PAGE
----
Who Lives In The Leaves? Great Play Outdoors Fun

One of the best things about having a wildlife garden is that you have a natural classroom right outside your door where you can teach children to discover the wonders of nature and get to know the wildlife that lives there.

And, truth be told, they will teach you, too. By seeing the natural world through the eyes of a child you’ll remember what it feels like to be filled with wonder. You will take delight in the simplest of things. And you’ll discover that you’re never too old to play.

C’mon, admit it, you’d really love to jump right into that pile of leaves right now and squeal with delight. Me too. Let’s do it on the count of three. One……Two……Three!

That was fun, right?

Children and leaves are a perfect playground. But there’s a lot of wildlife to discover hiding in those leaves, too.

A while back I gave my 4 year old, favorite nature girl, Libby a handheld magnifying glass and a pair of binoculars and we went exploring. She really loves to look at bugs, especially with the magnifying glass. And then when I showed her that she could look through the “wrong” end of the binoculars and see the bugs really close she was ecstatic!

We walked around my wildlife garden looking for bugs. We turned over rocks. We looked under the leaves on the plants. And we dug through the piles of fallen leaves.

We found salamanders, spiders, centipedes, millipedes, worms, and many other types of insects. With every new discovery, Libby exclaimed with delight. And my heart was full of happiness.

autumn garden

I explained to Libby why the leaves are so important for wildlife:

  • There is a cycle of life contained in the leaf litter and we destroy many forms of wildlife every time we remove these leaves.
  • Many butterflies find shelter in the leaf litter, either in egg, pupal, or adult form, to safely wait out the winter and emerge in the spring.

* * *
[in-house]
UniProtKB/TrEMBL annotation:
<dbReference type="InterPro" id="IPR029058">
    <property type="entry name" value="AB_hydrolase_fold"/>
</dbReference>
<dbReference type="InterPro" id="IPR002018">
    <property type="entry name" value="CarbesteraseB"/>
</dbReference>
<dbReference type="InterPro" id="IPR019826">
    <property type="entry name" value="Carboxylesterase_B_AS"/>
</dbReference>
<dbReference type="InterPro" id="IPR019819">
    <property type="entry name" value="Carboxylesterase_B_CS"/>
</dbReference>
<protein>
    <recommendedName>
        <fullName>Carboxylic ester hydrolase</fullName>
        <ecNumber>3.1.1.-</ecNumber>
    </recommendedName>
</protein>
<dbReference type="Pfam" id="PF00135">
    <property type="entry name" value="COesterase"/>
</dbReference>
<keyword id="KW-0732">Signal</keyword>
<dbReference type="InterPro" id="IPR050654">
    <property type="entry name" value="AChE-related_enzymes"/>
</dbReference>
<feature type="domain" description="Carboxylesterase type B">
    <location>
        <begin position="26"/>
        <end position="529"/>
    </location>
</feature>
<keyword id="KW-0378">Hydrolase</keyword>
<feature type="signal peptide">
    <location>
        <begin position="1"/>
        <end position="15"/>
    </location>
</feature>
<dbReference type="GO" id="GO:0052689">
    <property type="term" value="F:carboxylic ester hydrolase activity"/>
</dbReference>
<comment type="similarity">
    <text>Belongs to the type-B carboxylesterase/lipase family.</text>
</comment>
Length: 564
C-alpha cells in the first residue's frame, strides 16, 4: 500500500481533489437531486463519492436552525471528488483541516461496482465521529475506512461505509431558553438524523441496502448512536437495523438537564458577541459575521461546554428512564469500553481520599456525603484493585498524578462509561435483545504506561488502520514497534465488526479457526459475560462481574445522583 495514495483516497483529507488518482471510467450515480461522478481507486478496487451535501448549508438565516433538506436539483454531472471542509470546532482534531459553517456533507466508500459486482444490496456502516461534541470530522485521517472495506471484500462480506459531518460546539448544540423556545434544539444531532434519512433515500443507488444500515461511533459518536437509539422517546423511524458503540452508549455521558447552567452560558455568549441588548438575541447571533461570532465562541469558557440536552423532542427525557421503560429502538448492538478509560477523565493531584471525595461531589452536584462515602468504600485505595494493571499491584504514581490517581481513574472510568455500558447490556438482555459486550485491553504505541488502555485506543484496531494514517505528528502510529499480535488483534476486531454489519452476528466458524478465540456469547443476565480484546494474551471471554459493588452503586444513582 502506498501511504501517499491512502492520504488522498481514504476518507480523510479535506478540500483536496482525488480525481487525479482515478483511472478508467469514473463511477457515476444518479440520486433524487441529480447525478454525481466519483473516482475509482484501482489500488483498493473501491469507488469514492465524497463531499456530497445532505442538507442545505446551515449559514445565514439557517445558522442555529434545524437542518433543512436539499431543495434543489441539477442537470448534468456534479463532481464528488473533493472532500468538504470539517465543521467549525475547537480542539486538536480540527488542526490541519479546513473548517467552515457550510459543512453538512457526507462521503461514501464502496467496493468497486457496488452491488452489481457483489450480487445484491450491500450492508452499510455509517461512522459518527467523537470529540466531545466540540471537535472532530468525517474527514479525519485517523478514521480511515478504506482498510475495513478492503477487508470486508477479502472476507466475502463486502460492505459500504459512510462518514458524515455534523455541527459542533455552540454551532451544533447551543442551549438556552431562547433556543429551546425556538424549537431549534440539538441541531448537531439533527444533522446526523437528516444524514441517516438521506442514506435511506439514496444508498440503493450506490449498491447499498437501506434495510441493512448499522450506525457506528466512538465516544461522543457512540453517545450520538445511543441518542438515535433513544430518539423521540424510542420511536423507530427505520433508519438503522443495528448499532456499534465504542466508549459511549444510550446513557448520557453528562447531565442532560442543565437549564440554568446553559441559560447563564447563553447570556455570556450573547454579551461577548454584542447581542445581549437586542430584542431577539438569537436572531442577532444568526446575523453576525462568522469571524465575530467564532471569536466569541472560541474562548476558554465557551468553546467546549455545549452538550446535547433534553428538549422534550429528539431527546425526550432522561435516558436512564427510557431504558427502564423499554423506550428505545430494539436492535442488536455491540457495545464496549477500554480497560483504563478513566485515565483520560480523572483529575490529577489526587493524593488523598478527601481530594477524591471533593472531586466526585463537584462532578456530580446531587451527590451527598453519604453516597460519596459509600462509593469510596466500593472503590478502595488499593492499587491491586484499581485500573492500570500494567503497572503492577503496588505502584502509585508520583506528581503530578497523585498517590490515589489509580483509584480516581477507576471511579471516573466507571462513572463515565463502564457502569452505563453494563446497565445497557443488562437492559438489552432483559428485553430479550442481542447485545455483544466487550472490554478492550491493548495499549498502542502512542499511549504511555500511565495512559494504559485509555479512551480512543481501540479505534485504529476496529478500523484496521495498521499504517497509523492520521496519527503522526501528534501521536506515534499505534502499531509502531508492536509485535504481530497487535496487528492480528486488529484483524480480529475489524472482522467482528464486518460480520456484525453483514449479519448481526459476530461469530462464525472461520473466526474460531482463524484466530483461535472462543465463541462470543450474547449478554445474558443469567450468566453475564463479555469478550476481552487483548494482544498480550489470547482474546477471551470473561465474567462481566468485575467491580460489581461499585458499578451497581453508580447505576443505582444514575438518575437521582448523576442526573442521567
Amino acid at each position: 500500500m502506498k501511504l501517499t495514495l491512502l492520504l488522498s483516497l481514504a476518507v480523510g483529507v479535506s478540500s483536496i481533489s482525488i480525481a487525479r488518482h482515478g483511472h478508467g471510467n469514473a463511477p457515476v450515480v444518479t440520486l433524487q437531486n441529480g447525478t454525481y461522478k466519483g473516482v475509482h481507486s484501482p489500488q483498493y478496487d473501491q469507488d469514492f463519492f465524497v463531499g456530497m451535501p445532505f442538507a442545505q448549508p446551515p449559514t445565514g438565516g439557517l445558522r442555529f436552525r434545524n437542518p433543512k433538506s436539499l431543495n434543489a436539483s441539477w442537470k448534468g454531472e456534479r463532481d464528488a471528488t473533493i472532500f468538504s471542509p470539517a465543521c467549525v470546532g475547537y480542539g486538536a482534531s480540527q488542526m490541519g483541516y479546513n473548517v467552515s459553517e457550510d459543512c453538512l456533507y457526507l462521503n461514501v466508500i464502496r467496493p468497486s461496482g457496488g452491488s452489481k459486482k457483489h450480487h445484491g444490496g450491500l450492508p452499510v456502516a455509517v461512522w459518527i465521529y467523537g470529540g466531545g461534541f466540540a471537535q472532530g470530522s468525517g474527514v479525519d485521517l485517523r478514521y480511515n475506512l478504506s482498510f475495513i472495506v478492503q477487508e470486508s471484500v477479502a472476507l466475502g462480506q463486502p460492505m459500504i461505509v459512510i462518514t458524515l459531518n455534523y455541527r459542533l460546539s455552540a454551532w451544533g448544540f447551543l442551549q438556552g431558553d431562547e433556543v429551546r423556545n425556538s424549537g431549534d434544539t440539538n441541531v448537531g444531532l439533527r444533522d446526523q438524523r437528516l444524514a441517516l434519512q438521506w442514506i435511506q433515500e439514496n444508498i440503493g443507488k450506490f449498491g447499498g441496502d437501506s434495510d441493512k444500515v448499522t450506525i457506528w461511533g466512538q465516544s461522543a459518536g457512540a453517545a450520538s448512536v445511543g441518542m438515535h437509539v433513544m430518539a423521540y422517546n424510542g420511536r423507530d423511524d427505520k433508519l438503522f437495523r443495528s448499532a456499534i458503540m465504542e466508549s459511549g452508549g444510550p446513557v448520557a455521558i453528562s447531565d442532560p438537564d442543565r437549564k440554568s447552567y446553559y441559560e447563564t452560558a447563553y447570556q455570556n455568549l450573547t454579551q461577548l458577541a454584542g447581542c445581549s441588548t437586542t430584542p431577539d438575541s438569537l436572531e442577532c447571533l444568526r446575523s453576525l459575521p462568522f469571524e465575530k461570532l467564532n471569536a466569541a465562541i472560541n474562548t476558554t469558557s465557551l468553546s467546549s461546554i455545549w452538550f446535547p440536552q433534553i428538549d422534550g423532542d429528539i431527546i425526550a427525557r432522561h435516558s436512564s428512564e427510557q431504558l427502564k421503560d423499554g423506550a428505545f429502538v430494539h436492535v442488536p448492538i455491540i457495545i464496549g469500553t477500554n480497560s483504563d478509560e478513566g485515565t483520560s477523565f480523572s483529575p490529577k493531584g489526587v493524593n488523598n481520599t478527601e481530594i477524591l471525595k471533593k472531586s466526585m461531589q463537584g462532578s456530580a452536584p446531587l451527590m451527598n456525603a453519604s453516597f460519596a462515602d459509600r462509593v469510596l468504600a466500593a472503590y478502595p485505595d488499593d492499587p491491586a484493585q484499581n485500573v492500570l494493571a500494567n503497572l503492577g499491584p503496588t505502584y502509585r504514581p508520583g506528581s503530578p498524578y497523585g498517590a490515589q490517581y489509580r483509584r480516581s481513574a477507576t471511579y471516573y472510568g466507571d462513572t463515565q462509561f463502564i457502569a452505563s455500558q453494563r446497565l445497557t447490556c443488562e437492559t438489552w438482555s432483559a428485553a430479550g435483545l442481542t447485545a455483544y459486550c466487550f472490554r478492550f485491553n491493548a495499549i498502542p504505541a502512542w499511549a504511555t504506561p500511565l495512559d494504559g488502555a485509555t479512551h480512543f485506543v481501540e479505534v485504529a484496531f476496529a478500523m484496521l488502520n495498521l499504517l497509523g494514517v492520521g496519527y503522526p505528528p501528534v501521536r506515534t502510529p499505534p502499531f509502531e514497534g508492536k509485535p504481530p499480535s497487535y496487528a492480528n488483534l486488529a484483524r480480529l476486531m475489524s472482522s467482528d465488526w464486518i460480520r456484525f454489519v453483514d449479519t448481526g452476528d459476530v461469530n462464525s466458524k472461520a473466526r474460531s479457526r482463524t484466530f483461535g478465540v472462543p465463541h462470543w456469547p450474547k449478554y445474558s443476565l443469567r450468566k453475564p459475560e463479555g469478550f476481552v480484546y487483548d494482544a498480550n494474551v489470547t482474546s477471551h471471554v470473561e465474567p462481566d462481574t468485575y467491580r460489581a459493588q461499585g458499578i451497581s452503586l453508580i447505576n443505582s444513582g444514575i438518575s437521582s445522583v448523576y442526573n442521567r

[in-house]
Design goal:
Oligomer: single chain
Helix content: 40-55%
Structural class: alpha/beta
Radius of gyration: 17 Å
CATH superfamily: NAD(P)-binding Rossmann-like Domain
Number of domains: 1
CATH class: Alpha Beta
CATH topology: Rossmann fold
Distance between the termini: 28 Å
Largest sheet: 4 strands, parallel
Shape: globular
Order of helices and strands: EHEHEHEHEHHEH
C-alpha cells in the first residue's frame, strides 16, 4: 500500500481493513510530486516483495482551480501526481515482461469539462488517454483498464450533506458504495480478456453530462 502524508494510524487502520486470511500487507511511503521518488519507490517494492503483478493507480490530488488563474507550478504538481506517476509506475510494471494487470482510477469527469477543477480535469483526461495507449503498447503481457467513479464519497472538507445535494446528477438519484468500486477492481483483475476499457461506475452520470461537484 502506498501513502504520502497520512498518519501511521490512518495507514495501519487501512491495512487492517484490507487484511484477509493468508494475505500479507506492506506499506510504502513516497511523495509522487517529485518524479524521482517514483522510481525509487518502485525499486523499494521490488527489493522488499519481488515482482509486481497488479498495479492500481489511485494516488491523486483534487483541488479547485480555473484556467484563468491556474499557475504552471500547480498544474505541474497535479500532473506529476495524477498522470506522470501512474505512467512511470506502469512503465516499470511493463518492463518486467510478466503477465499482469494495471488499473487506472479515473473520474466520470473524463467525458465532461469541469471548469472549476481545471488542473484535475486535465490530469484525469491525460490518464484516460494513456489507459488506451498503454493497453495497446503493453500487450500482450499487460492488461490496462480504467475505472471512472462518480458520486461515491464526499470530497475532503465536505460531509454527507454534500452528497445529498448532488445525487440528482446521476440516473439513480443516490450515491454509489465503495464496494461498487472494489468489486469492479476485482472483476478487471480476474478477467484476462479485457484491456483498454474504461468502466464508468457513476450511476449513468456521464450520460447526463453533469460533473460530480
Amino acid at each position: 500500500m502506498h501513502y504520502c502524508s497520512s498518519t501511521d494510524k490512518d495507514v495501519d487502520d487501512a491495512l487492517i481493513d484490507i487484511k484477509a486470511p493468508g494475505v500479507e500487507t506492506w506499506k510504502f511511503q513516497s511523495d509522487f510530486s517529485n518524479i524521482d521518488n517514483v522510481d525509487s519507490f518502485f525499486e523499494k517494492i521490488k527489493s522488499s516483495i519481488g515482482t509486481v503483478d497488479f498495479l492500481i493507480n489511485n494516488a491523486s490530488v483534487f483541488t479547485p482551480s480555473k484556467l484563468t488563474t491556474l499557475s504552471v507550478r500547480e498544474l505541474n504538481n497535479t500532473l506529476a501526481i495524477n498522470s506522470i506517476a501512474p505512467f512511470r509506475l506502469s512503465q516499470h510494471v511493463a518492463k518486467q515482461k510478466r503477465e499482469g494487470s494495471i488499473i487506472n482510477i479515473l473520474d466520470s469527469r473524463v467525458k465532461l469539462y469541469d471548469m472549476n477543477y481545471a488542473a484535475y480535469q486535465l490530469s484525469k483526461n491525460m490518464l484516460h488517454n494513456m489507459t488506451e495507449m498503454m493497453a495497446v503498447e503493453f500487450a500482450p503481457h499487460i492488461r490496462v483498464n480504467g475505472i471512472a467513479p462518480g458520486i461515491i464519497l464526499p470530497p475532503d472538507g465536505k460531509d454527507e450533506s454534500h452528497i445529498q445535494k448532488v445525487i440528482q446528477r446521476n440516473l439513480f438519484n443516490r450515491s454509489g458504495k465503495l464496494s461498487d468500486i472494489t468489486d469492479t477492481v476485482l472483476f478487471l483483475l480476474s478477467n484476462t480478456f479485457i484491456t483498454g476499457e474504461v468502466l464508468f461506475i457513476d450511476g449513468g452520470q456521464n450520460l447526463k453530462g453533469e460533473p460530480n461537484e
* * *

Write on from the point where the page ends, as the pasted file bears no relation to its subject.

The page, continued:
• Leaf litter provides food and shelter to an amazing variety of invertebrates who break down the leaves, which feeds the soil and other wildlife.
  • The deeper the leaf litter, the more spiders are supported. Spiders are an essential element in keeping pest insects in balance.
  • Leaf litter is also home to ladybugs, salamanders, toads, and other predators of pest insects. It is no wonder that pests like aphids thrive when we continue to destroy the habitat of the predators that would keep them under control.
  • Every spring these leaves are covered with birds who pick through the leaves in search of a tasty meal.

And now every time Libby sees those paper bags lined up along the sidewalk to be hauled away, she cries. She’s so upset that people are throwing away the butterflies and salamanders.

But, I’ve found a way to help her not be so upset. She is so thrilled to know that I drive around and pick up those bags and spread them around my garden. She and I love to sit on the deck with our binoculars and watch the birds picking through the leaves in search of a tasty snack.

And here’s another great play outdoors fun activity with your favorite little ones by Kelly Senser at NWF: Make leaf animals. This looks like so much fun, I may have to go out with Libby tomorrow and try this out.

So grab your favorite child and go see what you can find hiding in the leaf litter. You’ll be amazed. I promise!

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About the Author

With the endless passion for organic living, I - Ann Sanders has come up with the idea of creating A Green Hand. Being the founder and editor of A Green Hand, my goal is to provide everyone with a wide range of tips about healthy lifestyle with multiform categories including gardening, health & beauty, food recipe,...

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